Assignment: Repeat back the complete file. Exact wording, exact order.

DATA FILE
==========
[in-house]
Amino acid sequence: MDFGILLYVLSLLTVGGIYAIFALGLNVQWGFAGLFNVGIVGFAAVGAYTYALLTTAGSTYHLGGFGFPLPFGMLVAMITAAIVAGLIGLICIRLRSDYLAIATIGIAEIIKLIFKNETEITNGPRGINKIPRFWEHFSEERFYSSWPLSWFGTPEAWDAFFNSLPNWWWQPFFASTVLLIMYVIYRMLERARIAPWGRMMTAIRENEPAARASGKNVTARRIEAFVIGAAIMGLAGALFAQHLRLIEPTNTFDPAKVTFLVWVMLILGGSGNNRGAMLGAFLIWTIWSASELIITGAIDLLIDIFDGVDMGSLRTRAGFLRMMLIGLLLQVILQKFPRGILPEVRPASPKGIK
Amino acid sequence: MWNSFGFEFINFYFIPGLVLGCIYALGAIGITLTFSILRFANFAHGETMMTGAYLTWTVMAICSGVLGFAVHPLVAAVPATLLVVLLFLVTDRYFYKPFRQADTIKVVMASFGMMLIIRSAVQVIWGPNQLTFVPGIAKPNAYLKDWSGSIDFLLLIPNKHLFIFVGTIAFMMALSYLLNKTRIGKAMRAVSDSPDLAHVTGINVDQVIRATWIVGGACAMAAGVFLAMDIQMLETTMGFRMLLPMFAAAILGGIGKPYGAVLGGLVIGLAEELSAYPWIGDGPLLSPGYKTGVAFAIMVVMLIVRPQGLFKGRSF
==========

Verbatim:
[in-house]
Amino acid sequence: MDFGILLYVLSLLTVGGIYAIFALGLNVQWGFAGLFNVGIVGFAAVGAYTYALLTTAGSTYHLGGFGFPLPFGMLVAMITAAIVAGLIGLICIRLRSDYLAIATIGIAEIIKLIFKNETEITNGPRGINKIPRFWEHFSEERFYSSWPLSWFGTPEAWDAFFNSLPNWWWQPFFASTVLLIMYVIYRMLERARIAPWGRMMTAIRENEPAARASGKNVTARRIEAFVIGAAIMGLAGALFAQHLRLIEPTNTFDPAKVTFLVWVMLILGGSGNNRGAMLGAFLIWTIWSASELIITGAIDLLIDIFDGVDMGSLRTRAGFLRMMLIGLLLQVILQKFPRGILPEVRPASPKGIK
Amino acid sequence: MWNSFGFEFINFYFIPGLVLGCIYALGAIGITLTFSILRFANFAHGETMMTGAYLTWTVMAICSGVLGFAVHPLVAAVPATLLVVLLFLVTDRYFYKPFRQADTIKVVMASFGMMLIIRSAVQVIWGPNQLTFVPGIAKPNAYLKDWSGSIDFLLLIPNKHLFIFVGTIAFMMALSYLLNKTRIGKAMRAVSDSPDLAHVTGINVDQVIRATWIVGGACAMAAGVFLAMDIQMLETTMGFRMLLPMFAAAILGGIGKPYGAVLGGLVIGLAEELSAYPWIGDGPLLSPGYKTGVAFAIMVVMLIVRPQGLFKGRSF